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A father from Leicestershire who lost his son to the same condition that caused Fabrice Muamba to collapse during a football match, has been cycling more than 600 miles to raise awareness of the condition.
Joe Humphries' dad and a group of friends, have riden one mile for each life lost to Sudden Arrythmic Heart Disease every year.
A father from Leicestershire is taking part in an audacious cycling endeavour in memory of his 14-year-old son who died suddenly from a condition which is killing many young people.
Steve Humphries is cycling 624 miles – the average amount of children who die of sudden death syndrome every year.
What is Sudden Arrhythmic Death Syndrome?
- Caused by irregularities in the heart beat which can cause sudden death in apparently healthy young people.
- Warning signs include a family history of unexpected deaths under the age of 40, fainting or seizures during exercise or excitement, chest pain or shortness of breath during exercise.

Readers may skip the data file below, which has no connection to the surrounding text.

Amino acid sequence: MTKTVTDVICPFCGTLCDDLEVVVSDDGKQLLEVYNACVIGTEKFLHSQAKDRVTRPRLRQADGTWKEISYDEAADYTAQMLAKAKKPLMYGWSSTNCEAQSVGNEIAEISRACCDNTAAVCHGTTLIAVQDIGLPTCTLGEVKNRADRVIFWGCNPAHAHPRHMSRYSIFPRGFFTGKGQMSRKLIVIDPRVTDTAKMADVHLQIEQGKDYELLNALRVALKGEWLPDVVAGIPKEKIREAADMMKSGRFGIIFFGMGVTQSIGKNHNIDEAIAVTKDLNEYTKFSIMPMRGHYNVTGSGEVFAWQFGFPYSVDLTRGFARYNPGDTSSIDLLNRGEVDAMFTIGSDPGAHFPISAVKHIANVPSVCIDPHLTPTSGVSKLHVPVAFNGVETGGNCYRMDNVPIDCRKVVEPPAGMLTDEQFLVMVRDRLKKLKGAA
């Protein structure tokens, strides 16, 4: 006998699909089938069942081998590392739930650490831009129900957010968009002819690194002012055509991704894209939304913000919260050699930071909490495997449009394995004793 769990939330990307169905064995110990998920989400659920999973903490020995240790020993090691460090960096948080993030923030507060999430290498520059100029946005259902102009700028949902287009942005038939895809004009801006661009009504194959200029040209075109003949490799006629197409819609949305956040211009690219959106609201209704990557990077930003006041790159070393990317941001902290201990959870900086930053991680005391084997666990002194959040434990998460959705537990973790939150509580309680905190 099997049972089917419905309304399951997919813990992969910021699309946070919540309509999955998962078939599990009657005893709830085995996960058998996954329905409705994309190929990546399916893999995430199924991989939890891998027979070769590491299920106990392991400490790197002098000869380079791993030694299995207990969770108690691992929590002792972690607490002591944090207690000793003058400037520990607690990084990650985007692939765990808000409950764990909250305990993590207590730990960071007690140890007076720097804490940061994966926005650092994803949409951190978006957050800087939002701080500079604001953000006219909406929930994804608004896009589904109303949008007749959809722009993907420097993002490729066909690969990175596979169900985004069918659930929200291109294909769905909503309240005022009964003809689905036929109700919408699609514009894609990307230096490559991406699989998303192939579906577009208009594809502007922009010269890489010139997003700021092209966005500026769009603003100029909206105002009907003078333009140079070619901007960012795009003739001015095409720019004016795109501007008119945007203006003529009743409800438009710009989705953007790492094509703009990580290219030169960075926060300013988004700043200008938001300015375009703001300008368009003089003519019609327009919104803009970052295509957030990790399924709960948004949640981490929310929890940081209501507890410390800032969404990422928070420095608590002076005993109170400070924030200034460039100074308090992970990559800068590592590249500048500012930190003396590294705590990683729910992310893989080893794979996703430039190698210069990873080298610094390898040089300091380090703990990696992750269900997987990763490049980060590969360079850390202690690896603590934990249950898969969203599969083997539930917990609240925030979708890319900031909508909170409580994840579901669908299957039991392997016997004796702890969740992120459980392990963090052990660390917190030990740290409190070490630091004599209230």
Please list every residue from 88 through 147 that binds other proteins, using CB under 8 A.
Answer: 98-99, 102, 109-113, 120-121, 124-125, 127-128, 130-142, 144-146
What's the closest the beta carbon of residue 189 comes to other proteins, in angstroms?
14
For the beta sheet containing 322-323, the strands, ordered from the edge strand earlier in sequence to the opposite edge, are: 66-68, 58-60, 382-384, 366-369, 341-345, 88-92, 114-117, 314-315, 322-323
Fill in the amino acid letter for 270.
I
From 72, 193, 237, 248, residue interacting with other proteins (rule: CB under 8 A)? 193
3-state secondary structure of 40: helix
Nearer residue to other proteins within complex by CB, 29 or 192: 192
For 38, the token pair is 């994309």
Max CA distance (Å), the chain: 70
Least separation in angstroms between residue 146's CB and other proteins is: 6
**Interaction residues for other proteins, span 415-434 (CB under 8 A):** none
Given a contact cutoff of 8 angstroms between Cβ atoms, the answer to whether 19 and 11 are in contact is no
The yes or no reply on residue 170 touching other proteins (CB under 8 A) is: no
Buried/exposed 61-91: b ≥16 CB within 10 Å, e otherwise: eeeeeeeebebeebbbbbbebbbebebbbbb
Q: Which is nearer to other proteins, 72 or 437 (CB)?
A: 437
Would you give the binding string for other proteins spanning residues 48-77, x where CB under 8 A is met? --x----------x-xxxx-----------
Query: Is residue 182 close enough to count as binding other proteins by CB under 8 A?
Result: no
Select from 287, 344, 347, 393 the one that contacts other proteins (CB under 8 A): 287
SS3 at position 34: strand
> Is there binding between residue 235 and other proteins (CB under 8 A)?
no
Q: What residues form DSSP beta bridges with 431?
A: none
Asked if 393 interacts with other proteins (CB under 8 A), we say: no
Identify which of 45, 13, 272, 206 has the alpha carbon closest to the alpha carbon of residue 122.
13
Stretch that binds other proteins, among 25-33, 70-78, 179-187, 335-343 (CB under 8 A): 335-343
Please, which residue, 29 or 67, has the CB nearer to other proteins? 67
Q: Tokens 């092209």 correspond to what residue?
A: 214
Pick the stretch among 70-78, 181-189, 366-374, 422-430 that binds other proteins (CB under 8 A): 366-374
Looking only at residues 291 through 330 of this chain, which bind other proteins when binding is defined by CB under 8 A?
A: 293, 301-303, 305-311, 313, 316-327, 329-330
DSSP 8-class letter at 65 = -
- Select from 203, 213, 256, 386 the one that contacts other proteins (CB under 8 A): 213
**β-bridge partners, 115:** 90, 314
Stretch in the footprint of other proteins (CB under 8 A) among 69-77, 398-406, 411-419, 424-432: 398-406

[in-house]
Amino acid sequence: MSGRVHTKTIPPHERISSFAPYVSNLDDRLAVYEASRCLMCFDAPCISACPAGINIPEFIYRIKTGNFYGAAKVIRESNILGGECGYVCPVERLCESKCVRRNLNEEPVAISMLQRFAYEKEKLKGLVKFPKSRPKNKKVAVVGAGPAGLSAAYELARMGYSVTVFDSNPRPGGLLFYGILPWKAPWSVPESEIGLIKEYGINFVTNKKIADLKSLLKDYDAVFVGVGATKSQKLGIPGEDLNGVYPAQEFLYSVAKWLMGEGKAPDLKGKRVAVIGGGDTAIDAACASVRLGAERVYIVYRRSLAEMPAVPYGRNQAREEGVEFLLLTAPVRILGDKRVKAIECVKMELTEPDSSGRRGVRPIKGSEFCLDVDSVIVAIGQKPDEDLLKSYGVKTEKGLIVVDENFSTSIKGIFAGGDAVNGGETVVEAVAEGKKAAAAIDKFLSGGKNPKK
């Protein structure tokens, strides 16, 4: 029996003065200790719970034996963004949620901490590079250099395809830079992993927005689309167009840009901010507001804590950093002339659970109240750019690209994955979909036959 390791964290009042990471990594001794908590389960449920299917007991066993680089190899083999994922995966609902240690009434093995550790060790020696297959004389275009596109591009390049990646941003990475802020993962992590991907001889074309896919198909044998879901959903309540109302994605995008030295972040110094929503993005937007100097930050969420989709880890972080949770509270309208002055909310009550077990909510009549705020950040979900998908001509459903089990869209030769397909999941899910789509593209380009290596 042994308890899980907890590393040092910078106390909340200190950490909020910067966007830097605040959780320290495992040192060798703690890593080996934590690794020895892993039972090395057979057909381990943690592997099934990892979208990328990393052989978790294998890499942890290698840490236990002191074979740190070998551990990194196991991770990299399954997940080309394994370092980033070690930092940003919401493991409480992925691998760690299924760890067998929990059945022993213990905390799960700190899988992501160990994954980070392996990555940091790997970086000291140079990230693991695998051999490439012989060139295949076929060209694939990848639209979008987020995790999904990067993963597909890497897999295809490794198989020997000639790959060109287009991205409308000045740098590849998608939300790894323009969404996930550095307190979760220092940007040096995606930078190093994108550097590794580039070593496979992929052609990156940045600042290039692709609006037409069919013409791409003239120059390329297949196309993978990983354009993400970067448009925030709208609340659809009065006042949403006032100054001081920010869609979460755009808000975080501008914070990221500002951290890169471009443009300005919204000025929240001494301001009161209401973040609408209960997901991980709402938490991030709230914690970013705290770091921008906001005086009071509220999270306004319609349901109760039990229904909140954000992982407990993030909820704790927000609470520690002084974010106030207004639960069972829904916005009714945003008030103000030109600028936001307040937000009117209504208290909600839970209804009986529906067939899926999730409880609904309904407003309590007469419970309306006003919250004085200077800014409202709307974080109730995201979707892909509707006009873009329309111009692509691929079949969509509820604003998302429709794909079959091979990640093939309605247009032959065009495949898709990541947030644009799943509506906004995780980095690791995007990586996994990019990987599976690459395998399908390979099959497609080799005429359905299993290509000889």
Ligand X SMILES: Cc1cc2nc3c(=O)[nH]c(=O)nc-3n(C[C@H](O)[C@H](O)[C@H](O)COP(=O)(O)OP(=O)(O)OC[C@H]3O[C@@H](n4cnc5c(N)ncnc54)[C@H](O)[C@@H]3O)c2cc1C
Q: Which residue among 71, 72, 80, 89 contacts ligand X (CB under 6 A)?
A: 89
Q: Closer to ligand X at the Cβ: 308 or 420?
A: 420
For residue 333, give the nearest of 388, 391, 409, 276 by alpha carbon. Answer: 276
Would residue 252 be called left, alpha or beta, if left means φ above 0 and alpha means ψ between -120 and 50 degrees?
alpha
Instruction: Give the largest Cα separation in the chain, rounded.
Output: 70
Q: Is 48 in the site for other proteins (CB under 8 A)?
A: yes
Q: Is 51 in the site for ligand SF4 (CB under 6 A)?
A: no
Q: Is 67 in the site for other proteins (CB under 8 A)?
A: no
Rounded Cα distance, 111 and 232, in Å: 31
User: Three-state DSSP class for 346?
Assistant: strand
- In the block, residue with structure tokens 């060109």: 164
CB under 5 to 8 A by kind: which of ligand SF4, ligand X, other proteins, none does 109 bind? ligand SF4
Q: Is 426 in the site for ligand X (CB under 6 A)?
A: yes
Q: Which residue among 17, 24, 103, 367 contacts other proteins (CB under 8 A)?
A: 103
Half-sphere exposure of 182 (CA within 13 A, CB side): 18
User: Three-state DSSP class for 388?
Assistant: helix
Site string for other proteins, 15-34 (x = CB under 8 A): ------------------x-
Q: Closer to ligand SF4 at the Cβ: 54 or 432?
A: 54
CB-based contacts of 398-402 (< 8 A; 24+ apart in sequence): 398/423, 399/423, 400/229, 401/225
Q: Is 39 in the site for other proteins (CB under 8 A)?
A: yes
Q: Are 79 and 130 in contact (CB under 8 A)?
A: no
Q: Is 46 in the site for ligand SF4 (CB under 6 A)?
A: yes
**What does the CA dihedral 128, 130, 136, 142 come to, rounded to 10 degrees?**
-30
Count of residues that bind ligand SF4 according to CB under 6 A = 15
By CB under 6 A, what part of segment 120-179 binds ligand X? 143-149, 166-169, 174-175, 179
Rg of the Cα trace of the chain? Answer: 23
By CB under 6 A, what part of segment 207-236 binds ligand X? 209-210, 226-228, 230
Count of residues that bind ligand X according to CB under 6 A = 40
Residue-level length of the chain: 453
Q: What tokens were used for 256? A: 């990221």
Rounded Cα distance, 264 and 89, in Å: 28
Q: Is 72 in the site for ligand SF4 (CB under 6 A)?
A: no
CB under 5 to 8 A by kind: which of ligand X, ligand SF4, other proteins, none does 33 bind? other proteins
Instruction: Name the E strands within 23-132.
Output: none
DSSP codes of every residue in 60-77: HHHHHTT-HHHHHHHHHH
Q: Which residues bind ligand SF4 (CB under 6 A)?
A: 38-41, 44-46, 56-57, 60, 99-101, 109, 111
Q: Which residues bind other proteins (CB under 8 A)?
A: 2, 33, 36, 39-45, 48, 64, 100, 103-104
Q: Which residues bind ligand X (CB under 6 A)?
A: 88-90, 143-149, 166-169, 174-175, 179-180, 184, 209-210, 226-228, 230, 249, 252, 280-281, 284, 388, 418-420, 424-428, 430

- The condition is often passed down from parent to child and around 12 young people die a week unexpectedly.
Steve Humphries, father of 14 year-old Joe Humphries, who died last October from SADS (Sudden Adult Death Syndrome), is part of a team cycling 624 miles around Rutland Water to raise awareness of the condition. Joe was from Rothley in Leicestershire.
624 is the average number of young people who die from SADS each year.
A team are cycling 624 miles around Rutland Water today to mark the 624 young lives lost each year to SADS - sudden arrhythmic heart disease, also known as adult cot death.
The event is in memory of 14-year-old Joe Humphries who died while out running in Rothley, Leicestershire last October.
Ten cyclists, representing The Joe Humphries Memorial Trust (JHMT), will do three laps each.
The cyclists will set off from Whitwell car park, Rutland Water, at 9am today.